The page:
This is an essay on WP:Civility in WP:Content disputes to avoid or resolve WP:Edit wars.
It contains the advice or opinions of one or more Wikipedia contributors. This page is not an encyclopedia article, nor is it one of Wikipedia's policies or guidelines, as it has not been thoroughly vetted by the community. Some essays represent widespread norms; others only represent minority viewpoints.
|This page in a nutshell: to practice honest and frank expression: Cease, Ask, Name, Discover, Operate, Re-evaluate.
CANDOR is method for negotiating content disputes, using the acronym for Cease, Ask, Name, Discover, Operate, Re-evalute. It is a method for preventing edit wars and ending fights that sometimes arise between editors. The word candor means honest and frank expression, and memorizing the CANDOR steps can be beneficial before an editorial disagreement gets worse.
- Cease what you are doing. Count to 10. Take a break. Read a book. Take a walk. Meditate. Watch some enjoyable videos on the website of your choice. Don't edit, or else edit articles on a different topic or wiki. Don't press the publish changes button, save a userspace draft instead. Do what you have to do to cool down.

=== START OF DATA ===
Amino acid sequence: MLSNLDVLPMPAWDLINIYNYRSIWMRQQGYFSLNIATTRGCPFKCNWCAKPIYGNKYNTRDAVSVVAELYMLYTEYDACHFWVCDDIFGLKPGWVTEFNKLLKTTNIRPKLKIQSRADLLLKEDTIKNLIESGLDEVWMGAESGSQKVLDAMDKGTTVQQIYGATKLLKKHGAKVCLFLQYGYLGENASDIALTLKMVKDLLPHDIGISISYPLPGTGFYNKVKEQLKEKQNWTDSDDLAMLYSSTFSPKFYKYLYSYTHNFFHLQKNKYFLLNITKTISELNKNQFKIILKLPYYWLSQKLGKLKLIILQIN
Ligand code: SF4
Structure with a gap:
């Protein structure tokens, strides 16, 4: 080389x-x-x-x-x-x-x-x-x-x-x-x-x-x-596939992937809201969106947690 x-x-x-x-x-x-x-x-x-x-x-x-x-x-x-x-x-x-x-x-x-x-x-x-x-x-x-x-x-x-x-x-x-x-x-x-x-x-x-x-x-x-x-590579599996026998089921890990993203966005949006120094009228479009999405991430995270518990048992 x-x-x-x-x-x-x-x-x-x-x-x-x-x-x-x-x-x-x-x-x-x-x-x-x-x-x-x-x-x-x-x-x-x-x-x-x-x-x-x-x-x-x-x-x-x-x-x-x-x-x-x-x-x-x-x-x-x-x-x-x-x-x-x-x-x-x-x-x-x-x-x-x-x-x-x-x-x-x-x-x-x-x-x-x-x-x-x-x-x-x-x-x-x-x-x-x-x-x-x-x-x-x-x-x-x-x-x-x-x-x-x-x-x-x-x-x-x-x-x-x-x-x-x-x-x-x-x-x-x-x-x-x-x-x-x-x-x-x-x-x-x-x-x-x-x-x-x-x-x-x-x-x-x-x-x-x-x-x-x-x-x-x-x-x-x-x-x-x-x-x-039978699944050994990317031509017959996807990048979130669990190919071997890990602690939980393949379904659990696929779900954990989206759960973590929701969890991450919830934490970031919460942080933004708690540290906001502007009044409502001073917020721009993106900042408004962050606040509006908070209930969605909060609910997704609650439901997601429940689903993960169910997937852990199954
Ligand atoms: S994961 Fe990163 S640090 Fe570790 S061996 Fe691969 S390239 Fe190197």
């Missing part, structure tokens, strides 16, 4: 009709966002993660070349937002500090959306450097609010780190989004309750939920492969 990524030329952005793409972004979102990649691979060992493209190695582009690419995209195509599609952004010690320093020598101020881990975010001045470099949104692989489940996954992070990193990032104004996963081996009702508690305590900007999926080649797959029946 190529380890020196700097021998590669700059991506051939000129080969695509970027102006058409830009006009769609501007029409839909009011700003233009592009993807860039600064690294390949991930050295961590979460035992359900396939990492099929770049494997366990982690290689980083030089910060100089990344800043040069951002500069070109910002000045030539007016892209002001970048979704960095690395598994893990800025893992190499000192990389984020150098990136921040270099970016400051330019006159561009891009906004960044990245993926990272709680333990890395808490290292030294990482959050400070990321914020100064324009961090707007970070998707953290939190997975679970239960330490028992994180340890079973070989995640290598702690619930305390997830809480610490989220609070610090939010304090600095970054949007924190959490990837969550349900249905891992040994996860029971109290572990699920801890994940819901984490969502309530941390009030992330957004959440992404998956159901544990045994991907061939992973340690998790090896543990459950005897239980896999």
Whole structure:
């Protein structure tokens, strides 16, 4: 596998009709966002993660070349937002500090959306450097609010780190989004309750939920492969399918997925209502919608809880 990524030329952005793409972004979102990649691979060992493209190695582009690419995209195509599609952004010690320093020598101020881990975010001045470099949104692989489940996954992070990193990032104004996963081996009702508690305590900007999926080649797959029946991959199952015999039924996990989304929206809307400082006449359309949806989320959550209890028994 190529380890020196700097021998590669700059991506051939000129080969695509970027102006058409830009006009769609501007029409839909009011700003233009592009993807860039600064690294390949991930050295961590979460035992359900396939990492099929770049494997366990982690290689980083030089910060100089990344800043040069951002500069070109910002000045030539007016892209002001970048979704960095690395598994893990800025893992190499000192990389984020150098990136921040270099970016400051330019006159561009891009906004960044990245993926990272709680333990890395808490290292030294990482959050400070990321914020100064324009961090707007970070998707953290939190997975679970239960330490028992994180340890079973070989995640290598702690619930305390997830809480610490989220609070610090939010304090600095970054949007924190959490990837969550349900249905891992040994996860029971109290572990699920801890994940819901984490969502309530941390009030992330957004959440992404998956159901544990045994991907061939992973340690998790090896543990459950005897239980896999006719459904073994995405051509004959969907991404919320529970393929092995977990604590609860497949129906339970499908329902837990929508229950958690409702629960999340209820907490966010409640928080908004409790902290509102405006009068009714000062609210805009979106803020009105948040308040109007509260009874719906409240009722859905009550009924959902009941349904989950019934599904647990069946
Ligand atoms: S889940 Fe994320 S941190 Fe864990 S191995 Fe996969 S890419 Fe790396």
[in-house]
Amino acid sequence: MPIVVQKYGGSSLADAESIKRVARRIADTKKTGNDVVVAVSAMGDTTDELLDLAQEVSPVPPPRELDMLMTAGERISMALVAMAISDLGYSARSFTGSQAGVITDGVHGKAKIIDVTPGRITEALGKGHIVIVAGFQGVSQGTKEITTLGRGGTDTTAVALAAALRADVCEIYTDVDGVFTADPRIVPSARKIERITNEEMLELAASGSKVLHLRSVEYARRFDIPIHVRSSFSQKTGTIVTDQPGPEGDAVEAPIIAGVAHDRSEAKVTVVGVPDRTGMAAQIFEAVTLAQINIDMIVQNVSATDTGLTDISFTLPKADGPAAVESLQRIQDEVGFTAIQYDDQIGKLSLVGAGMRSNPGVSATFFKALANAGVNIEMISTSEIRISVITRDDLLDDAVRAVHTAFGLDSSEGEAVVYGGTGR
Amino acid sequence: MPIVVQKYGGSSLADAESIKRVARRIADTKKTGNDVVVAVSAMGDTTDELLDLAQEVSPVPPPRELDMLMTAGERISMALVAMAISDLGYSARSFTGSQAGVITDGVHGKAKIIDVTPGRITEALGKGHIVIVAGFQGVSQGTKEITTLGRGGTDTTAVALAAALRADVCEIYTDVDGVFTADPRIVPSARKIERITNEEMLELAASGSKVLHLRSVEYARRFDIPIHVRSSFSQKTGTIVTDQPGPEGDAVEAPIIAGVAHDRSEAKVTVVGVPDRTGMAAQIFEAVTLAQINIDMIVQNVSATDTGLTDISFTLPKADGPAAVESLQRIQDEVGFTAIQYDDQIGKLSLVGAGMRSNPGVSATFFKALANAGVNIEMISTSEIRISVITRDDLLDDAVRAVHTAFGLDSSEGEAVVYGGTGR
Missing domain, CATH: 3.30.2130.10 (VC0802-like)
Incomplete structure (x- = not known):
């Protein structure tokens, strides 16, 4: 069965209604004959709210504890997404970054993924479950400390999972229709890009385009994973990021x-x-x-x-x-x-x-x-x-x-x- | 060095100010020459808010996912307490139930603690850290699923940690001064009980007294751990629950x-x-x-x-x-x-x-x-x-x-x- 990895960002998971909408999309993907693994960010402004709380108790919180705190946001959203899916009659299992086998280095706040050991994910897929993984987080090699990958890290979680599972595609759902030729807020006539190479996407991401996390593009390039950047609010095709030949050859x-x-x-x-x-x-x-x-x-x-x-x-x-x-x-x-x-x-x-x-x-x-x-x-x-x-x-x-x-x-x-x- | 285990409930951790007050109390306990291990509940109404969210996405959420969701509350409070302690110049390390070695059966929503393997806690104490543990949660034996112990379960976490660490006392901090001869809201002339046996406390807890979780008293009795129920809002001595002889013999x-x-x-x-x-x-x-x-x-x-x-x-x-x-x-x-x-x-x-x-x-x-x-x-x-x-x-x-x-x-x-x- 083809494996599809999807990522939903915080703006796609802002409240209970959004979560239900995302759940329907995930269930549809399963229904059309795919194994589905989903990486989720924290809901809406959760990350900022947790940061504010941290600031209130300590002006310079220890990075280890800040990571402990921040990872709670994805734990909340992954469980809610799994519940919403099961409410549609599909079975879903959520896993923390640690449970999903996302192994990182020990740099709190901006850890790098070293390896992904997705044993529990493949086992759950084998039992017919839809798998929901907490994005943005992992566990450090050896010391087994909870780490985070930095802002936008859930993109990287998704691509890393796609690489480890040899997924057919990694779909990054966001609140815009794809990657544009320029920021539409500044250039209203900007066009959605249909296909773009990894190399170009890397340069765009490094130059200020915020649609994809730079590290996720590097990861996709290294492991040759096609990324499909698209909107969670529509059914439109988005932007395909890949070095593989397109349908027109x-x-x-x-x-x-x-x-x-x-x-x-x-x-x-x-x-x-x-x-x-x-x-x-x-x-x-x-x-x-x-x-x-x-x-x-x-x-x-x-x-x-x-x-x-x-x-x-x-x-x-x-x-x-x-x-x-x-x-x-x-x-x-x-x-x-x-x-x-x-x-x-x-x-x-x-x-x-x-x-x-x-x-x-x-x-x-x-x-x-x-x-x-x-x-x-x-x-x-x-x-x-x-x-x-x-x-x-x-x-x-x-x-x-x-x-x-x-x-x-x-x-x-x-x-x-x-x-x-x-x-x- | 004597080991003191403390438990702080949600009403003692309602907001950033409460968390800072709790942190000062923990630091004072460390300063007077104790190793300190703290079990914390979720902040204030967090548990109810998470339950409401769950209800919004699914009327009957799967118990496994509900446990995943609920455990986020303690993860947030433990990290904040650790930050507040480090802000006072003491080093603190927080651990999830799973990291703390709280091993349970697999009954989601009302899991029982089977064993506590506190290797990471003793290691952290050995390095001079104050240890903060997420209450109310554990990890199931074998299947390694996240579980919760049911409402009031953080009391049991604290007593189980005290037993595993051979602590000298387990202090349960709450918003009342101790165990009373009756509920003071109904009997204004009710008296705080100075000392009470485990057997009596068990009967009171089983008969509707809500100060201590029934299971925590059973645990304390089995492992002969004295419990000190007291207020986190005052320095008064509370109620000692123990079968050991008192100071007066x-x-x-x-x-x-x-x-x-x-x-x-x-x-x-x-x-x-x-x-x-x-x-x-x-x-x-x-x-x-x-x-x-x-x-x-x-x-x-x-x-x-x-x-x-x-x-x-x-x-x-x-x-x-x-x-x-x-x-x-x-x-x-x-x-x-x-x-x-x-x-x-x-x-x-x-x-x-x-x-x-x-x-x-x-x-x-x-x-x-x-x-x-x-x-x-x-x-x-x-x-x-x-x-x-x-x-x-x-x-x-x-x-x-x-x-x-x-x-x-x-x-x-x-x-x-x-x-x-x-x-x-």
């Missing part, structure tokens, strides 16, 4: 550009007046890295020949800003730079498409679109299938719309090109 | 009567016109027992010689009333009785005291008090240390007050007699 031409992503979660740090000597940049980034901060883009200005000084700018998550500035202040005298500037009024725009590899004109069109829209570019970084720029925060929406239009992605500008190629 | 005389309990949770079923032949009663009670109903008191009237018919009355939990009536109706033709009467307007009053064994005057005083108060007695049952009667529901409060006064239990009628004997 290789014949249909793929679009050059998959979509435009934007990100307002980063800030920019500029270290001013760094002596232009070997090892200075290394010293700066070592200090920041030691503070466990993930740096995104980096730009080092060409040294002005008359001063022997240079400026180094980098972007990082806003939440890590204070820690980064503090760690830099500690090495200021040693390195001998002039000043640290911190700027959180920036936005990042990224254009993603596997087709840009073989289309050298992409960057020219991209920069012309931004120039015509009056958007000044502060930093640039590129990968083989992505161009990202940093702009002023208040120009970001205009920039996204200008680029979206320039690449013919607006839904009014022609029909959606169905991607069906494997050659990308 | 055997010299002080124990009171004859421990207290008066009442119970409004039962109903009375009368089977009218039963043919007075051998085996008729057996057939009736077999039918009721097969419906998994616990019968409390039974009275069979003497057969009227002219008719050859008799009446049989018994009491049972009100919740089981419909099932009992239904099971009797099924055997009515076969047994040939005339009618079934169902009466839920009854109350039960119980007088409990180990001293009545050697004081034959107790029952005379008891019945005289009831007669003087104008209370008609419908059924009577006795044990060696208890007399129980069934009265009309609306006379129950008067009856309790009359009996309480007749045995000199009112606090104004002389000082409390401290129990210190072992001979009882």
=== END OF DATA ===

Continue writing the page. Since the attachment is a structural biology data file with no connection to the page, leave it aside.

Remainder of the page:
- Ask yourself, what is the nature of the dispute? Content, or conduct, or both? How many editors are involved? What exactly is happening with me? Have my contributions been verifiable? Have my summaries and talk page posts been civil? Is there anything I need to correct or retract? What seems to be happening with the other editors? Does an senior editor in this subject matter need to come sort things out? Has uncivilized behavior occurred that warrants getting an administrator involved?
- Name the problem as you see it. Describe it to the other editors without blaming anyone. Adding fuel to the fire is an easy way to get burned.
- Discover a problem-solving plan with those involved. Make a compromise. Ask another person not involved for an opinion.
- Operate that plan. Put it into effect with the cooperation of the others involved. Make sure everyone involved knows the problem-solving plan.
- Re-evaluate the plan. Often people do not complete the process of putting a plan of action in place because they feel better after talking things over or they get distracted. When the problem arises again, they think their problem-solving efforts have been wasted. Instead, resolve to use the plan.